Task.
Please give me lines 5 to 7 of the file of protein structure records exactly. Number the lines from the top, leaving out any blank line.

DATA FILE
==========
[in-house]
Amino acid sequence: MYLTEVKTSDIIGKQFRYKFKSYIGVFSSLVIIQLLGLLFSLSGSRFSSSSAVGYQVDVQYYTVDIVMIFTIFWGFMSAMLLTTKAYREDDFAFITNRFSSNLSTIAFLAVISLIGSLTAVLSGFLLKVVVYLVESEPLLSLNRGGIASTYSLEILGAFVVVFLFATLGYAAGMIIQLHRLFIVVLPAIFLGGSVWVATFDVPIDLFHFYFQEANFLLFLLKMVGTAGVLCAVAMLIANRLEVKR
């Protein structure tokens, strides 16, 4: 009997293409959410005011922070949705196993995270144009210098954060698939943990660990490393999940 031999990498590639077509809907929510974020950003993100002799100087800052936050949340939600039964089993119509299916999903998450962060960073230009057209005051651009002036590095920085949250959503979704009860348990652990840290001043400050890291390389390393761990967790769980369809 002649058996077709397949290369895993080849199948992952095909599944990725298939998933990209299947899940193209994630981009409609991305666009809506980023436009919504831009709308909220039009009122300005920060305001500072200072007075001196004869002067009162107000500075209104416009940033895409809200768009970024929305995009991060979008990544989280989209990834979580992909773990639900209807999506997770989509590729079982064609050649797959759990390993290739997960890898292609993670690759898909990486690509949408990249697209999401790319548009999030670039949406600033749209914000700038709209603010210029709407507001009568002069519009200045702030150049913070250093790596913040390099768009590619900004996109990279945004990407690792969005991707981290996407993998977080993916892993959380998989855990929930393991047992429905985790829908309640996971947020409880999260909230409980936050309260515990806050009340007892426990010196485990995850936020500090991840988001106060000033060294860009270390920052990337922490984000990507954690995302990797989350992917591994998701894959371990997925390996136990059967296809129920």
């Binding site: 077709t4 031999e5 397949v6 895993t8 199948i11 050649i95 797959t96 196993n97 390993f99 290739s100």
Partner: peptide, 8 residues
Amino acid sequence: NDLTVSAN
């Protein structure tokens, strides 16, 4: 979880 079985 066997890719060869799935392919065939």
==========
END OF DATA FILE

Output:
Partner: peptide, 8 residues
Amino acid sequence: NDLTVSAN
């Protein structure tokens, strides 16, 4: 979880 079985 066997890719060869799935392919065939």